A wide range of Norwegian artists laid their fellow artist Terje Brofos, better known as Pushwagner, to rest on Monday in the building they can all claim as their own. Kunstnernes Hus (The Artist’s House) in Oslo was packed as they gathered to pay tribute in a ceremony that ended with a long round of applause.
Pushwagner died April 24, at an age of 77, after a short illness. Many marveled at the fact he lived as long as he did, given his history of drug abuse and living on the streets of Oslo, while also surrounded by artists he admired and who clearly admired him.
“Pushwagner was a good friend for 20 years,” TV anchor and musician Thomas Seltzer, who served as a “master of ceremonies” at Pushwagner’s unusual funeral, told Norwegian Broadcasting (NRK), which covered the funeral for Norway’s national nightly newscast. “For me, he was part of the rock music world in Oslo, as much as being part of the artistic milieu. For a while, he lived in the studio that the Turboneger guitarist Knut Schreiner was operating.”
Monday’s ceremony marked the first time that Kunstnernes Hus was used as the venue for a funeral. Hundreds turned out for it, with the house’s director Anne Hilde Neset saying it simply was natural that Pushwagner be bid farewell from the large artist-owned gallery that adjoins the park around the Royal Palace.
“Pushwagner doesn’t fit in a church, but we are in many ways a church for artists,” she told NRK. “It felt right for us to hold a ceremony for him here.”
It opened with singer Hilde Louise Asbjørnsen, who sang at several of Pushwagner’s exhibitions, performing her own version of “I’ll be seeing you.” It continued with another song, Asbjørnsen’s own “Pink Push Wagon” that she wrote for the artist, and his two daughters, Bonnie and Elizabeth Brofos, spoke. They were glad so many people turned out to bid their father farewell.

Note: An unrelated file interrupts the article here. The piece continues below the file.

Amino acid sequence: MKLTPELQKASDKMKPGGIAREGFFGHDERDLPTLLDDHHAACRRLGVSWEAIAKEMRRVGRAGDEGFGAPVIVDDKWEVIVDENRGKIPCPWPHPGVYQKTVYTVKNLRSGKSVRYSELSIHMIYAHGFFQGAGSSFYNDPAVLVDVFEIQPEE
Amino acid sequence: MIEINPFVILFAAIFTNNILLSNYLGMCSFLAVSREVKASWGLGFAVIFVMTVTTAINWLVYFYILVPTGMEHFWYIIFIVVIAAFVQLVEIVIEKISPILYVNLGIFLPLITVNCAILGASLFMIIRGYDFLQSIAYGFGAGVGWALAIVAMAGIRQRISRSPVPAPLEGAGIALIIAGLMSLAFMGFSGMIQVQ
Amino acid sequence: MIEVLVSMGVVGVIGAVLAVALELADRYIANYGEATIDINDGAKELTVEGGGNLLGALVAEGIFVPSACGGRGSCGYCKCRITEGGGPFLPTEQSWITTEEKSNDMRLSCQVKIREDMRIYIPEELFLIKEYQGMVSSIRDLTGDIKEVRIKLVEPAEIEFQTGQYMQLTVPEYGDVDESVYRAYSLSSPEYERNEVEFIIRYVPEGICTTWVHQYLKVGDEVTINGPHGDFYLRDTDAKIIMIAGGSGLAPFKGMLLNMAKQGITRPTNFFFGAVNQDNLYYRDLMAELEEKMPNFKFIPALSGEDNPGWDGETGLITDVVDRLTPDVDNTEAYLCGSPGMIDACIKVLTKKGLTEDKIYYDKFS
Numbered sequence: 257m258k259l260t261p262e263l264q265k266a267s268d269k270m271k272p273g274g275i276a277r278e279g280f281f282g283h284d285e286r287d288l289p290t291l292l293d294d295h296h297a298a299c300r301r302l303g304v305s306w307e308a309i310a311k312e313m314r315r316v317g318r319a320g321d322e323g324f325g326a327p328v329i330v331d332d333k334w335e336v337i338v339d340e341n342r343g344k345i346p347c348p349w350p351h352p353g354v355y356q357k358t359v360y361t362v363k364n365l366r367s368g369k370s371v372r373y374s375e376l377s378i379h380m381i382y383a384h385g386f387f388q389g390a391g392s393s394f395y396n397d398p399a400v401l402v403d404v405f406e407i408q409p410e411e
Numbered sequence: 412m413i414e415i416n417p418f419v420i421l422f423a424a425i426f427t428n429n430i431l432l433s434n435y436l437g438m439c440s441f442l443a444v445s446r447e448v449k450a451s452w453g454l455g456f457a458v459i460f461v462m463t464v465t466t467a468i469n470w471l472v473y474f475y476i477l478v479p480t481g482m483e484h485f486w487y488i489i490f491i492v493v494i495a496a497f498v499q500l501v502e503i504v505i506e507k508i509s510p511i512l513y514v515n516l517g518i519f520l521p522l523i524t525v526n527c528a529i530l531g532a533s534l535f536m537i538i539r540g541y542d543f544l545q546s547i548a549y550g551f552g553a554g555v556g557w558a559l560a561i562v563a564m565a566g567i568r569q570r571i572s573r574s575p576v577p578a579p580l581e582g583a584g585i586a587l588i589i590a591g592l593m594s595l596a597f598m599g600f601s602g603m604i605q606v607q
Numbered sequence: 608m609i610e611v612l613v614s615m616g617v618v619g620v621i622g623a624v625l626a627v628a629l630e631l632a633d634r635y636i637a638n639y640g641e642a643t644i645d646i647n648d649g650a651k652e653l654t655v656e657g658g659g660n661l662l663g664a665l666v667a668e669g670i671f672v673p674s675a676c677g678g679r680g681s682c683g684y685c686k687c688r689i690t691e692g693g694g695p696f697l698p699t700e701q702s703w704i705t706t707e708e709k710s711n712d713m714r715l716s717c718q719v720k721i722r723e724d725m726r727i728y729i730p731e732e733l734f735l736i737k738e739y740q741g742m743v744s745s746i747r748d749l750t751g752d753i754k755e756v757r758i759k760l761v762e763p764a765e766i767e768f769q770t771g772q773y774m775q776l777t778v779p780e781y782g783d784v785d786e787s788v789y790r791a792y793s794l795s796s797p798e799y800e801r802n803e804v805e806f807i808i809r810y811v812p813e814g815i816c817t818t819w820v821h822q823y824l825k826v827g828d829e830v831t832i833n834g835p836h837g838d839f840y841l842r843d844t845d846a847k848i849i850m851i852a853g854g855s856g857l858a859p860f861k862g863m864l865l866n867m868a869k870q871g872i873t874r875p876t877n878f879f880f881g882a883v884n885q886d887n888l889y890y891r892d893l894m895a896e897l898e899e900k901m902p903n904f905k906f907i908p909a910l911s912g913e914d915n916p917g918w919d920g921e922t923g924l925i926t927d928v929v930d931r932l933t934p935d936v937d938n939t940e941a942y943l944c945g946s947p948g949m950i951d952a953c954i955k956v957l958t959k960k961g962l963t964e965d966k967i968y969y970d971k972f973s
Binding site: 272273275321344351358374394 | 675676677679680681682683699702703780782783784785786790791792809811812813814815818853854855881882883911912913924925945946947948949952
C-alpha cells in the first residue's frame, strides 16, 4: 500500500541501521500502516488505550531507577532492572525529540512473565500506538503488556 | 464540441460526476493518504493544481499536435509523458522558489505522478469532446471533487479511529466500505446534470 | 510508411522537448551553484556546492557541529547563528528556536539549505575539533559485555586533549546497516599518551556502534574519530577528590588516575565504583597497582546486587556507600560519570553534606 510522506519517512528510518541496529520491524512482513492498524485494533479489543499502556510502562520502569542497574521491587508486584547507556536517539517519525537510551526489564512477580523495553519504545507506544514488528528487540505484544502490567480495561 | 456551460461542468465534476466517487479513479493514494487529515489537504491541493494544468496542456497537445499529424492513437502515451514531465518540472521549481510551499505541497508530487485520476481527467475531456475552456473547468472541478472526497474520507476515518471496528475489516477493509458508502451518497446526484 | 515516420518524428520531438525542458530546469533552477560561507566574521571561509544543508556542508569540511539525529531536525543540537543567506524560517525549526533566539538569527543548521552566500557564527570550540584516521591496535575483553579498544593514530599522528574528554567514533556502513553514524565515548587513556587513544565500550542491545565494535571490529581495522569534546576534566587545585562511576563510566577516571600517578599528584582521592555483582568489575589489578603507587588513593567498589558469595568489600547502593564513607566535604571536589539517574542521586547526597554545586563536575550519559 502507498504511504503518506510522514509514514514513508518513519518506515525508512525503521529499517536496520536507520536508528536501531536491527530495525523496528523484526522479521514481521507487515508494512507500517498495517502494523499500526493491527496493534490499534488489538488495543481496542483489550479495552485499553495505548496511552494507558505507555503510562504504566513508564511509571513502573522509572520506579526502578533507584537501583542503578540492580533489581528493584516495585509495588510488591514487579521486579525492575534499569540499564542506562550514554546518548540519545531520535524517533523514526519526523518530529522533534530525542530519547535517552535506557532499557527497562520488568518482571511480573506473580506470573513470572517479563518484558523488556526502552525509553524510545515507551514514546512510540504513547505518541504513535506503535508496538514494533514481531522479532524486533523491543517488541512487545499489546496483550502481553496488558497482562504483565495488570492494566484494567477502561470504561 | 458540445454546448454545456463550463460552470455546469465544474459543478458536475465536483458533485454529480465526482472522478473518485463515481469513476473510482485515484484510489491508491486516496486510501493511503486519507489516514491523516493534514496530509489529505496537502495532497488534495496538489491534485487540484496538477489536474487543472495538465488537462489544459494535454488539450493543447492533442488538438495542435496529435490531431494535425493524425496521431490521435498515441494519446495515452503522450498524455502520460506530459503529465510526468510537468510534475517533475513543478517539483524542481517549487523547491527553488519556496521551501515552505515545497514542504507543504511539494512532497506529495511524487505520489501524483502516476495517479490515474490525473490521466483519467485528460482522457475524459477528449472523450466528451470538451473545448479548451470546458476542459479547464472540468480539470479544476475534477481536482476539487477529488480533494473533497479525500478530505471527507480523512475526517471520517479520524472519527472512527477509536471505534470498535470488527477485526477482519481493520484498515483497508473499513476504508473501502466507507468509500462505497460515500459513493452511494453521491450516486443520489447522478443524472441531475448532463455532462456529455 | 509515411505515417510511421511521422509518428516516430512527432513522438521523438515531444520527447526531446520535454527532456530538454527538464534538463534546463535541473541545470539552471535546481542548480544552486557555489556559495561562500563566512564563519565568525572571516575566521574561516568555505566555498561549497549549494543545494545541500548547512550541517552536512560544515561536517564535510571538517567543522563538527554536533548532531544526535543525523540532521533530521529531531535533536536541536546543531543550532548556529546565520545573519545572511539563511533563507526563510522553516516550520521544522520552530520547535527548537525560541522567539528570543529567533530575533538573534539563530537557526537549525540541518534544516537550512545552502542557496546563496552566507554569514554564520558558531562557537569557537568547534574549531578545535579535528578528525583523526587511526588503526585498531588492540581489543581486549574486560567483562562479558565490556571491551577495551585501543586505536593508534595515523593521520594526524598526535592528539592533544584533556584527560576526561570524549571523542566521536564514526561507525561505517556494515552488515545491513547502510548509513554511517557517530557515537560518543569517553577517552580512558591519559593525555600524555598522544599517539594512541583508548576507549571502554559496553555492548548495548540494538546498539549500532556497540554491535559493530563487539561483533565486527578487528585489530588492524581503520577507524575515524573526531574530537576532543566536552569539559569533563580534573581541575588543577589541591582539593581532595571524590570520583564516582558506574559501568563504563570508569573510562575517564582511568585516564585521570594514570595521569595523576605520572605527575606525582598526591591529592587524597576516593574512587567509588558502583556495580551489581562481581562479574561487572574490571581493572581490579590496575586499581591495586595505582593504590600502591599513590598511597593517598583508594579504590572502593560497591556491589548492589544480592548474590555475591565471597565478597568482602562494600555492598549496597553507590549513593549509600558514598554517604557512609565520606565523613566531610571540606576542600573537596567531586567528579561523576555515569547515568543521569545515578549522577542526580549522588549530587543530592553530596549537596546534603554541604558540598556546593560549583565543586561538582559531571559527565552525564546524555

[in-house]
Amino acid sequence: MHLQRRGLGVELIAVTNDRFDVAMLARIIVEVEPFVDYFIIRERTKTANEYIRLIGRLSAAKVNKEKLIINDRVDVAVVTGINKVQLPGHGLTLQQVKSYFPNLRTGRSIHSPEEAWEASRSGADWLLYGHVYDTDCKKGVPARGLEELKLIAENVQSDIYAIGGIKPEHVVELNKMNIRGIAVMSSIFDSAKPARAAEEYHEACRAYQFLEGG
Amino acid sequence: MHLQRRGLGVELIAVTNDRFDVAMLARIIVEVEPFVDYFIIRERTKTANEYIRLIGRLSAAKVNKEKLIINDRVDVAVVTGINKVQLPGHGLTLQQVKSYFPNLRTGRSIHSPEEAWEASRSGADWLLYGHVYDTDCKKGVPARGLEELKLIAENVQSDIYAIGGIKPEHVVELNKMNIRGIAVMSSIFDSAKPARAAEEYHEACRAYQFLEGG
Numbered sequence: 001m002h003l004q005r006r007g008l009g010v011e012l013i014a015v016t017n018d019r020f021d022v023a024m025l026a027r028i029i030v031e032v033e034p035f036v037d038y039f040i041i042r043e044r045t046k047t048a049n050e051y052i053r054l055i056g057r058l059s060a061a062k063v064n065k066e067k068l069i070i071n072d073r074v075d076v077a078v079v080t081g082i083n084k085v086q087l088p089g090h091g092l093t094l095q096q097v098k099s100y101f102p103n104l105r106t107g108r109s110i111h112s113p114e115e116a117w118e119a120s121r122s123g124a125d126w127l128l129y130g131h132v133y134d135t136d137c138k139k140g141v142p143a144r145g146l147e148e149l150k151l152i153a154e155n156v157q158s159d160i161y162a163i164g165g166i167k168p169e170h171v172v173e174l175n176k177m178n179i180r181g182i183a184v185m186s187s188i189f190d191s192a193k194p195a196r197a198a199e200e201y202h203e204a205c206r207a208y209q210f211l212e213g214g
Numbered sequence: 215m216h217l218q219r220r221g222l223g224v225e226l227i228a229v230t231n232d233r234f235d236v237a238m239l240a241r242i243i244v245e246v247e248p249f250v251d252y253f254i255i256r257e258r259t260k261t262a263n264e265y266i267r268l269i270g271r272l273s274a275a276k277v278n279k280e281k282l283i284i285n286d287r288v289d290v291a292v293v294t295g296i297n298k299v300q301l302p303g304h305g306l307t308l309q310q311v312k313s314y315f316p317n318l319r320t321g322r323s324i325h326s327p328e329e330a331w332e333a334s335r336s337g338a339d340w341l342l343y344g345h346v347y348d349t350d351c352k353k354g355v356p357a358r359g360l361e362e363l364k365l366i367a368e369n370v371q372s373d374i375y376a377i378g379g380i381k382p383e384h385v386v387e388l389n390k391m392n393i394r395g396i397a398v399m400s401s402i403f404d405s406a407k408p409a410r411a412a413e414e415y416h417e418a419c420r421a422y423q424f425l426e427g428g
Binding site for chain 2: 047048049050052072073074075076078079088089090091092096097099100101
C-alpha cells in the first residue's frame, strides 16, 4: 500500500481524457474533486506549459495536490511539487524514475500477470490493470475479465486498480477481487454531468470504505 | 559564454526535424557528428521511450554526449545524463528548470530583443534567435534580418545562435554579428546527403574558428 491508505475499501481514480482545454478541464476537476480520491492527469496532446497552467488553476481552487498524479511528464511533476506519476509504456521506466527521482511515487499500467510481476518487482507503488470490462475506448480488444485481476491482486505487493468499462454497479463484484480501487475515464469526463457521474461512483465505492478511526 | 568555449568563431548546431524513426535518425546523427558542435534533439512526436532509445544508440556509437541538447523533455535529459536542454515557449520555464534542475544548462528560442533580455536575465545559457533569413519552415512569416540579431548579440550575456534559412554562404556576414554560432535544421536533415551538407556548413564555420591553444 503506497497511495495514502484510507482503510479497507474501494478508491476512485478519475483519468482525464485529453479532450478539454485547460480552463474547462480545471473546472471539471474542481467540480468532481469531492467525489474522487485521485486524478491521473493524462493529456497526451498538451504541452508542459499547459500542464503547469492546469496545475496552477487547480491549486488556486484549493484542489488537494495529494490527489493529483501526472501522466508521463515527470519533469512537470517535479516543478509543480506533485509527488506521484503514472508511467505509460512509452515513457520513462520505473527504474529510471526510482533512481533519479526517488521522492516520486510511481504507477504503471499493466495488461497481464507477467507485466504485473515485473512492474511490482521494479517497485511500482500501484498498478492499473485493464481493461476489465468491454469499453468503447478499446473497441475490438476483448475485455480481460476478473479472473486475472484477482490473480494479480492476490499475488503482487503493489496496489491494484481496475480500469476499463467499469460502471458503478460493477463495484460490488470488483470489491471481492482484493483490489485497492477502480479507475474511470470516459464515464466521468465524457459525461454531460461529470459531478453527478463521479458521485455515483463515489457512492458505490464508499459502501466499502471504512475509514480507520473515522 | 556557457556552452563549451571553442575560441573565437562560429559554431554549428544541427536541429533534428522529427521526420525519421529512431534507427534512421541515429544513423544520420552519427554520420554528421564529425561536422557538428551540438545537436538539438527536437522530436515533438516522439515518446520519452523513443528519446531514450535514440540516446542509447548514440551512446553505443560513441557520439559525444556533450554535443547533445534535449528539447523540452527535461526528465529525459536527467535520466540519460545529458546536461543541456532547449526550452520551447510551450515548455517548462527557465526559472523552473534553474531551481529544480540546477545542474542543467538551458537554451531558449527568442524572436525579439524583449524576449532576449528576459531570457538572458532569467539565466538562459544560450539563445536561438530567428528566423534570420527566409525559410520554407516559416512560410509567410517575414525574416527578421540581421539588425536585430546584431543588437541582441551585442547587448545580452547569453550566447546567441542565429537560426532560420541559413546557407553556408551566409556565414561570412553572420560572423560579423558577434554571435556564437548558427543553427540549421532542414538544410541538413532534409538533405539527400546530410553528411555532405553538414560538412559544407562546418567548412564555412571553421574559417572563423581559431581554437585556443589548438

“We’re here today to celebrate the fantastic life of a great artist,” said Bonnie Brofos. “He was a phenomenon, a visionary, and in the end, a successful artist.” He could also be “a royal pain in the ass,” according to his daughters, but “a family man” in his own way.
Actor Aksel Hennie also hailed the artist, reading aloud from texts by Axel Jensen, the late author whom Pushwagner also worked with for several years, illustrating his books. Hennie said he met Pushwagner in a bar in the 1990s, when he was going to acting school, and bought the artist a drink. “He thanked me many times,” Hennie said. “Later in the evening he tried to sell me a picture. Today I’m sorry I didn’t have a bigger student loan.”
Pushwagner’s funeral ended with a full minute of applause before his casket was carried out and down the stairs of the artists’ classic building, to the tune of “St James Infirmary.” “Rest in peace, Terje,” said one former partner who wound up in a legal conflict with Pushwagner. “You did a good job.”